So it’s important to take a step off the treadmill every now and then and remember to celebrate the distance already travelled. Take a moment to celebrate those firsts when they come along, and remember to take a moment to celebrate your first second novel just the same as the first first novel. And then you get back on the treadmill and you start again, remembering how damn lucky you are to be on treadmill of your own choosing, and a relatively civilised one at that. It has biscuits and twitter, which makes it a massive improvement on being on, for example, an actual treadmill which just has sweating and the constant danger of puking up a lung.

So welcome to the (metaphorical) treadmill Nikki. Hop aboard. You’re going to love it xx


You can buy Nikki’s debut, Crazy Undercover Love, as an ebook from Amazon, Google Play, iTunes or Sainsburys or pre-order the paperback here. Here’s what the blurb says:

When uber-feisty career girl Charley Caswell-Wright takes on the assignment as PA to the gorgeous Alex Demetrio, CEO of Demetrio International, she’s there under entirely false pretenses; to get her life back on track. Having lost the job she worked so hard to earn, she’s determined not to give it up so easily, especially when she didn’t deserve to lose it in the first place.

Mr Dreamy CEO is her only chance of clawing back her career – and her reputation. So she has to keep things strictly professional… boy, is she in trouble!

And as always, you can buy my debut novel, Much Ado About Sweet Nothing, here. Go on. It’s Shakespeare’s birthday week and it’s based on a Shakespeare play, so why not? I’m assuming you do all theme your reading according to the random high days and holidays that are marked in tiny print in the corners of your diary, don’t you? Next week, for example it’s World Health and Safety Day. I’m sure there’s lots of fun stuff out there we could read for that…


In which I think about the difference between real-life and makey-uppy

‘Fiction makes sense and real life doesn’t.’ The very clever and lovely Julie Cohen has just announced that to me out of my computer (via Writers’ Web TV – she doesn’t actually live in my computer, I don’t think). And that thought set off a little ping inside my brain because I’ve been thinking about that very question of the distinction between real life and makey-uppy a lot of late.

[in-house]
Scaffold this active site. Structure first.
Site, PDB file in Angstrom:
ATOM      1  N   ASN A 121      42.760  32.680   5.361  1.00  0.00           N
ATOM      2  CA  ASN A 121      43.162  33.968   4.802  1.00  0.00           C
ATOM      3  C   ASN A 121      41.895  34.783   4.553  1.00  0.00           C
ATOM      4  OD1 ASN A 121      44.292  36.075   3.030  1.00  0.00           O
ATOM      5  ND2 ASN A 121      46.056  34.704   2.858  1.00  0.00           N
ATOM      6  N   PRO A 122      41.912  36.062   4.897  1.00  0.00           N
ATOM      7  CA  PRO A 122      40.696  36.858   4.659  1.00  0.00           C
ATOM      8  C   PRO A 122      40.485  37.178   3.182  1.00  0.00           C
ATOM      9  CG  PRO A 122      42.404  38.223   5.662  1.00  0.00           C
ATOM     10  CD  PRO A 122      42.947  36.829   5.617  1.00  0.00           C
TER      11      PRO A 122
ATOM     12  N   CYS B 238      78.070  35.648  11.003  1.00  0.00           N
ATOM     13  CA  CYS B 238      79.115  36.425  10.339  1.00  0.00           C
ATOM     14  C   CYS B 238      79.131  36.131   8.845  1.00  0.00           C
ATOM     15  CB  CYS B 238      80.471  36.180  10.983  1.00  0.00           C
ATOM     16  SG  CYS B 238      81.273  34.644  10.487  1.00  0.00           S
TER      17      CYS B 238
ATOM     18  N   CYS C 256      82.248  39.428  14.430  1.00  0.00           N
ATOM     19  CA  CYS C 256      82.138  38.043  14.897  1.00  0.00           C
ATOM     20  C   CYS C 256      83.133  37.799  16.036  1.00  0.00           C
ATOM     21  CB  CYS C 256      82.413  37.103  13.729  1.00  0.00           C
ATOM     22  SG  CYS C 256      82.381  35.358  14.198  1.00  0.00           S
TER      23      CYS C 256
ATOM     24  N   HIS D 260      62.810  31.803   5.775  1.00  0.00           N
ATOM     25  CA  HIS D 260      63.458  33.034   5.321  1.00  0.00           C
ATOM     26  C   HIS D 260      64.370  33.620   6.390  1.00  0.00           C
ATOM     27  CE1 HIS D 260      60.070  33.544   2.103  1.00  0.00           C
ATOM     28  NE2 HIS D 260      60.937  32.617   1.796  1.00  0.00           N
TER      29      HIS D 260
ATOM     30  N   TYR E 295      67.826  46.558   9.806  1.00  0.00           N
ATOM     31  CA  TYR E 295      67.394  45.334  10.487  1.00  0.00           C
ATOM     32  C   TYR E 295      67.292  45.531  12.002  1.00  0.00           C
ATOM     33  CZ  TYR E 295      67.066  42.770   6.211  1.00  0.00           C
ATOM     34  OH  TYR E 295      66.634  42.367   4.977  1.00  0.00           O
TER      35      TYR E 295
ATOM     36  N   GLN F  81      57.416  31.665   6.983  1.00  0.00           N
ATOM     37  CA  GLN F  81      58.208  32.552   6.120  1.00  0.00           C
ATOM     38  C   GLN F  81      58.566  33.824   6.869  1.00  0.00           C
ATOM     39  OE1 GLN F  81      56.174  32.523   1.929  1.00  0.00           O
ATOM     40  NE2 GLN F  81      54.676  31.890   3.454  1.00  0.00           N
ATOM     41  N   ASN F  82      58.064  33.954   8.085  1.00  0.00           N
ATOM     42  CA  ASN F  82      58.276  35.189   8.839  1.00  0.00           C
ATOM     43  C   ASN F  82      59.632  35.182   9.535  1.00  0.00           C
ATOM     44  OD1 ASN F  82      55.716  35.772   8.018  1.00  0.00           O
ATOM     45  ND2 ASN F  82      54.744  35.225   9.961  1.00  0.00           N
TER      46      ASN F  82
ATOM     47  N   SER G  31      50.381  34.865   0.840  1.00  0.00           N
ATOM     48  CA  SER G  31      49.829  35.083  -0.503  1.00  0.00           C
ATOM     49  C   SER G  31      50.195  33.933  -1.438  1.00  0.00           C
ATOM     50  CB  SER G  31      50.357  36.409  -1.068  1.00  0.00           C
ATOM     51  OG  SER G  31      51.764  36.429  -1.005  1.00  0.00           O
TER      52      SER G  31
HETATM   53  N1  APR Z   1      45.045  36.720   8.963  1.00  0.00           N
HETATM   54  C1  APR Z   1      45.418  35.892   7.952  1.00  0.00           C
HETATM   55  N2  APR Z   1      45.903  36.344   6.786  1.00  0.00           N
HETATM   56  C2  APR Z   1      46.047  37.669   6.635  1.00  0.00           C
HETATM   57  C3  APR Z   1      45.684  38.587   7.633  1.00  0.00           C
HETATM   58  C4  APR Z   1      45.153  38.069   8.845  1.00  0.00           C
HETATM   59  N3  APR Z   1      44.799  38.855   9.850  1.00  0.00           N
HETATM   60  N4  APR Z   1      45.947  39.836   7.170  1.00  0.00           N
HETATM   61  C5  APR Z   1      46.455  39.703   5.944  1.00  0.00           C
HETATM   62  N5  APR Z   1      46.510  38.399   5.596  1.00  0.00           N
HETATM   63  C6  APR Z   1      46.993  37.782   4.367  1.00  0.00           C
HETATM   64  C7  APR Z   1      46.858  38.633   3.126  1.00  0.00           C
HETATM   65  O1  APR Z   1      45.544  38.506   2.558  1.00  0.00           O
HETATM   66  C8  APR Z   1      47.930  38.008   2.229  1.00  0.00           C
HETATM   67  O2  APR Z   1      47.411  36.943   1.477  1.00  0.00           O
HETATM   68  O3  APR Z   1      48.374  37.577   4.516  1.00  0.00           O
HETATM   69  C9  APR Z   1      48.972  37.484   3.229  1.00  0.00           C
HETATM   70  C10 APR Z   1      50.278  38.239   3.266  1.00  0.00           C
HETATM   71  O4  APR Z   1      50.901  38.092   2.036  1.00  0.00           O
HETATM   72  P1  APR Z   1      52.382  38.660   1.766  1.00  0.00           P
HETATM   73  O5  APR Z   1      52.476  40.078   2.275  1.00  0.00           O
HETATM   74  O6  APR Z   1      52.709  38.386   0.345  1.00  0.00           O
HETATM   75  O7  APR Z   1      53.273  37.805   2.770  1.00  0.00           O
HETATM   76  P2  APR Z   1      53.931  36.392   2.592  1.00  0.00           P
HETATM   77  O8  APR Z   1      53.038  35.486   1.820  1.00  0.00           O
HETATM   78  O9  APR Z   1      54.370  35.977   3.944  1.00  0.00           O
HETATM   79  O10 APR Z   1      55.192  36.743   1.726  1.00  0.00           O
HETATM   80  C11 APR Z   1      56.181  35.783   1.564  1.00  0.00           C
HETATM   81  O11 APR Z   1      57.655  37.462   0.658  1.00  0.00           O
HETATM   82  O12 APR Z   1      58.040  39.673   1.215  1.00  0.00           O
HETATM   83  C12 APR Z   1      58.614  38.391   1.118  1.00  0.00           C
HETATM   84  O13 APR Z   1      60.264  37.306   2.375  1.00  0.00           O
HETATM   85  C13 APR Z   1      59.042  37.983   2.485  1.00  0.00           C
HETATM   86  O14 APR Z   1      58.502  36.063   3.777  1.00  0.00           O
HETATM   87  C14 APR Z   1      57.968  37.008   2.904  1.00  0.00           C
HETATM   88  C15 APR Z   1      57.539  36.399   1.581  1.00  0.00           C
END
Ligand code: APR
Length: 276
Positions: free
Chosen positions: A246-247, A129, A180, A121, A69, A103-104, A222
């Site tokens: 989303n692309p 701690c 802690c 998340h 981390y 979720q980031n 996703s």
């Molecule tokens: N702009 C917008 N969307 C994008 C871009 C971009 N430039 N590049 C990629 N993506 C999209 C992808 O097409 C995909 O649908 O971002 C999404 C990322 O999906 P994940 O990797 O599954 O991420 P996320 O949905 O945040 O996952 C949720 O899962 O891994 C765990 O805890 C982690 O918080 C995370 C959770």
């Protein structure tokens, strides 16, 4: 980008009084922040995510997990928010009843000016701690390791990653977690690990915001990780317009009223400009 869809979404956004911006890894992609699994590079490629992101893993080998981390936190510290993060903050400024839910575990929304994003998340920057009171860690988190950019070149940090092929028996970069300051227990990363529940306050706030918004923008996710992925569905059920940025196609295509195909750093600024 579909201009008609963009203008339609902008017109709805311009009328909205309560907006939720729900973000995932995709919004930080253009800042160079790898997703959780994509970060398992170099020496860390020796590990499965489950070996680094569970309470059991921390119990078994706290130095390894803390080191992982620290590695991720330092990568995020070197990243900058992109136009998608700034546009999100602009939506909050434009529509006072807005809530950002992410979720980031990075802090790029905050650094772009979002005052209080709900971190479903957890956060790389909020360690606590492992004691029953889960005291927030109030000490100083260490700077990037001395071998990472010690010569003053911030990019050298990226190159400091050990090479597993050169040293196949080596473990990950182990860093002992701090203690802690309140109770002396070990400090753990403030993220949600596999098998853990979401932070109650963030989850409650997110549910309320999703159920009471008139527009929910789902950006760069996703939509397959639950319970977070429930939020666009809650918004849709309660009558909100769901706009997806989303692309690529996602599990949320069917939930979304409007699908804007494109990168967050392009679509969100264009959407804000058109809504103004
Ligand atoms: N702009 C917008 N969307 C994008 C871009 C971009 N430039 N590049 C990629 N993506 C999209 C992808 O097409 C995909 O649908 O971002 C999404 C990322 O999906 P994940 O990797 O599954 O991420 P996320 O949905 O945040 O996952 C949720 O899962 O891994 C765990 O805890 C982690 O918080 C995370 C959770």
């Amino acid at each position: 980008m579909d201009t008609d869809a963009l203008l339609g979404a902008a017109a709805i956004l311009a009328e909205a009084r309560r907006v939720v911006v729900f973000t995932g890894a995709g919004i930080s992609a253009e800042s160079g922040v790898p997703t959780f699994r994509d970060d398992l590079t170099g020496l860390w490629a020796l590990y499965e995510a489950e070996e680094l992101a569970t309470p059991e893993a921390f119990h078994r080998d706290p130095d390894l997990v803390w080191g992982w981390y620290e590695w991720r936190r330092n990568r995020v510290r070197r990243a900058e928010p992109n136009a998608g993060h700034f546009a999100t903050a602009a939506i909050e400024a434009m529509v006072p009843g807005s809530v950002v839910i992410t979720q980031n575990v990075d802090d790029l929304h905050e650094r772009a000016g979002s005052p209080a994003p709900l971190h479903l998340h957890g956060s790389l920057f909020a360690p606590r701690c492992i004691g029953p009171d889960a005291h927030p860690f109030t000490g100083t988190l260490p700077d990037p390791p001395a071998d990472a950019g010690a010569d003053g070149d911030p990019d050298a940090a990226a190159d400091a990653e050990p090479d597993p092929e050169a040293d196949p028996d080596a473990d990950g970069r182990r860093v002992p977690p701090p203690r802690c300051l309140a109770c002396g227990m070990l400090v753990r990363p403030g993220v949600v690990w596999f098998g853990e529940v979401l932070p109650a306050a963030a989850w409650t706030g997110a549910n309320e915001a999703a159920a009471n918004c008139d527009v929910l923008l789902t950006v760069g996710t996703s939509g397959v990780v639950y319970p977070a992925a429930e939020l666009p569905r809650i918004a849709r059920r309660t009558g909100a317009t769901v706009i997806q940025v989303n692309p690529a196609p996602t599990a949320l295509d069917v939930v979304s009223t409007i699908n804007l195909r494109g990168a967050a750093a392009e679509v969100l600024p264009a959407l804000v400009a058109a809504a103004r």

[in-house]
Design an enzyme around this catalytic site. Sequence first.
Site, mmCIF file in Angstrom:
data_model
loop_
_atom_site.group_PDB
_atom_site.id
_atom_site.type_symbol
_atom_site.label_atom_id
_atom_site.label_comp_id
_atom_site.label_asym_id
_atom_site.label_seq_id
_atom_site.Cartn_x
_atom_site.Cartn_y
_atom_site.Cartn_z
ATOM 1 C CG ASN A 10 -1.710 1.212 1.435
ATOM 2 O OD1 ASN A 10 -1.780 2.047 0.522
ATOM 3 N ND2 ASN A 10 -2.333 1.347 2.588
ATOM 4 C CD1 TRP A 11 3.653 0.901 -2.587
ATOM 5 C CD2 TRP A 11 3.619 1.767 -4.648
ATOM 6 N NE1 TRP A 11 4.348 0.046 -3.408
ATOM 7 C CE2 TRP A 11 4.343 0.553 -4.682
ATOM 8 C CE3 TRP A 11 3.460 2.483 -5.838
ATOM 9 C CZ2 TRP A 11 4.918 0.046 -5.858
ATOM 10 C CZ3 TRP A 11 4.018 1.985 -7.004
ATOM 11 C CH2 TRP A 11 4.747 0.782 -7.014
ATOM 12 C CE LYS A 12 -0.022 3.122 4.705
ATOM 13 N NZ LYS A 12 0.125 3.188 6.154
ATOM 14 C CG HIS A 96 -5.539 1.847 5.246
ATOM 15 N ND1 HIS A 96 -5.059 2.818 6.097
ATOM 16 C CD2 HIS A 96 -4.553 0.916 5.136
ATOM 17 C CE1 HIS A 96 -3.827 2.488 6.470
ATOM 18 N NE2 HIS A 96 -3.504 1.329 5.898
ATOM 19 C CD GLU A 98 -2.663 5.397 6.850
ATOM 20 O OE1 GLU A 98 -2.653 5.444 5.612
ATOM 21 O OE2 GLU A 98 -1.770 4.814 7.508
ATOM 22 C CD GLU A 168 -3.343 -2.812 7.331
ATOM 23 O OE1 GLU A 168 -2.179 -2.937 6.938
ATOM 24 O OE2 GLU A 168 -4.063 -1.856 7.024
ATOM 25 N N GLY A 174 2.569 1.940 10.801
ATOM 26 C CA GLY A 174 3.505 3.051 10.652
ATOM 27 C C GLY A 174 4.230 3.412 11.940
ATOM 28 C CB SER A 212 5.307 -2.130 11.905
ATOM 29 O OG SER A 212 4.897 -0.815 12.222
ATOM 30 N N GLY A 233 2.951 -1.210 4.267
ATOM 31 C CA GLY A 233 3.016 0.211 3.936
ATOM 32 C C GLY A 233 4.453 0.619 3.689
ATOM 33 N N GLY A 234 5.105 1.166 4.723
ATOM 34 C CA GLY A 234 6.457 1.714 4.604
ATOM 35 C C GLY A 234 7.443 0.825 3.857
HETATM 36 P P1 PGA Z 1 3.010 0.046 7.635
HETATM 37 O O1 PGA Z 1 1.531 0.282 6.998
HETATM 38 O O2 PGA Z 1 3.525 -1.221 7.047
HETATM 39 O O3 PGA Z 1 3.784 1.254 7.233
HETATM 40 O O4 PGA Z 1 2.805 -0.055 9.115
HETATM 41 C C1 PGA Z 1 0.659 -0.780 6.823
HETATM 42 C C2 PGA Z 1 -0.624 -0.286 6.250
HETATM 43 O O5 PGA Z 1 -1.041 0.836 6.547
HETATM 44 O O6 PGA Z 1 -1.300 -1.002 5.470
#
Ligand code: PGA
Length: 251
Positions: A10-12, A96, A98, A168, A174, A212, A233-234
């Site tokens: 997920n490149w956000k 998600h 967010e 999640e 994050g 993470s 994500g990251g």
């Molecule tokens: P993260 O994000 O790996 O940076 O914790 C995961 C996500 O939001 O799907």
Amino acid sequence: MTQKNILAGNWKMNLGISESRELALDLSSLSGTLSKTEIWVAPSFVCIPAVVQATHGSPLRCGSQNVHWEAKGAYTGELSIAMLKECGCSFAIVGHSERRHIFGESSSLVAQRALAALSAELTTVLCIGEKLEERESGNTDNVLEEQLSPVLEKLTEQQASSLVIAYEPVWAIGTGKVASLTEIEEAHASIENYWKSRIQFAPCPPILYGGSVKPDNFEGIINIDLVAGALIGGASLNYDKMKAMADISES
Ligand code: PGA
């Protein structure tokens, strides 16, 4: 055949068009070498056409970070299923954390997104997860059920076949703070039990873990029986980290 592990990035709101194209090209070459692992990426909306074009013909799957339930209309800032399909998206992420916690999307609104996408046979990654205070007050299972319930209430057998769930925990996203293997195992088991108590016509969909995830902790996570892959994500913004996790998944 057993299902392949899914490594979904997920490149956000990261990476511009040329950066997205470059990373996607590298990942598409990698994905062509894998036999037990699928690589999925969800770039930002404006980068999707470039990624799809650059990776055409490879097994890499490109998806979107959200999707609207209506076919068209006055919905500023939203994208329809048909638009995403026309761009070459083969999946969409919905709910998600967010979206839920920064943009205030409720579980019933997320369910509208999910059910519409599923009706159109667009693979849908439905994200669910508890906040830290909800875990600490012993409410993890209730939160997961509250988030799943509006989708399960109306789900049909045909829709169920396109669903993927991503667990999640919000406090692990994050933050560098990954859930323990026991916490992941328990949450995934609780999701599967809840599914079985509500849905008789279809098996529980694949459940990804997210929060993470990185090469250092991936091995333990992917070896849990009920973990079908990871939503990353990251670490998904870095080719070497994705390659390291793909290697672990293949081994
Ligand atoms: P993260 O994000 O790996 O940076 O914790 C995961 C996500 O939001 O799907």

I’m currently working with my delightful new editor on the final tweaks to Sweet Nothing, which, barring last minute delays, will be out in the world next month. And I’m starting to think seriously, for the first time, about the fact that people might read it. Realistically, as it’s a debut novel by a total unknown a high percentage of the people who read it will be friends or acquaintances. And at least some of those people are going to read my story of a bickery and weirdly dysfunctional relationship between a nerdy thirty-something year old man and an artsy-literary woman, and they’re are going to look at myself and EngineerBoy and they’re going to make a fairly obvious assumption about where the inspiration for those two characters came from.

And when they do that I will huff and puff, and get offended and bang on about how it’s obviously fiction and it’s not based on real life, and I shall probably say that it’s shows a lack of imagination to assume such a lack of imagination on the part of the writer. And when I react like that I shall be at least half right.

But actually it’s a little bit more complicated than that. Those two characters absolutely aren’t based on EngineerBoy and me. I can’t, personally, think of anything more skin crawling than consciously and intentionally typing out the details of your most intimate relationships and then sending them to a beta reader and an editor and then out into the world. I feel faintly exposed just typing the notion onto this blog. Developing and writing those characters, I didn’t start by thinking about any real people. They, and all the characters, are absolutely the product of my imagination.

However, my imagination is absolutely the product of my environment. What I imagine about how relationships work is entirely borne out of my own relationships. All the characters I write are products of my overcrowded, butterfly brain. It’s all completely made up, but I can only make-up what I can make up and that is bounded by the life I’ve lived and the people I know. So it’s kind of a circular problem. The characters I write and the stories I tell are definitely made up and definitely aren’t based on real life, but they’re made up out of my imagination, which is sculpted and defined by my real life, and round and round and round we go.

So, if you are so kind as to read Sweet Nothing when it comes out and you think you recognise a person or a place or an incident, don’t be scared – I promise that it isn’t you, or at least, if it is, I don’t know that it is, so there’s no need to feel weird. And here end my random writerly musings. I shall return soon, when hopefully Michael Gove will have annoyed me in a new and interesting way and I’ll be able to get a proper rant going. I’ve not had one of them for a while…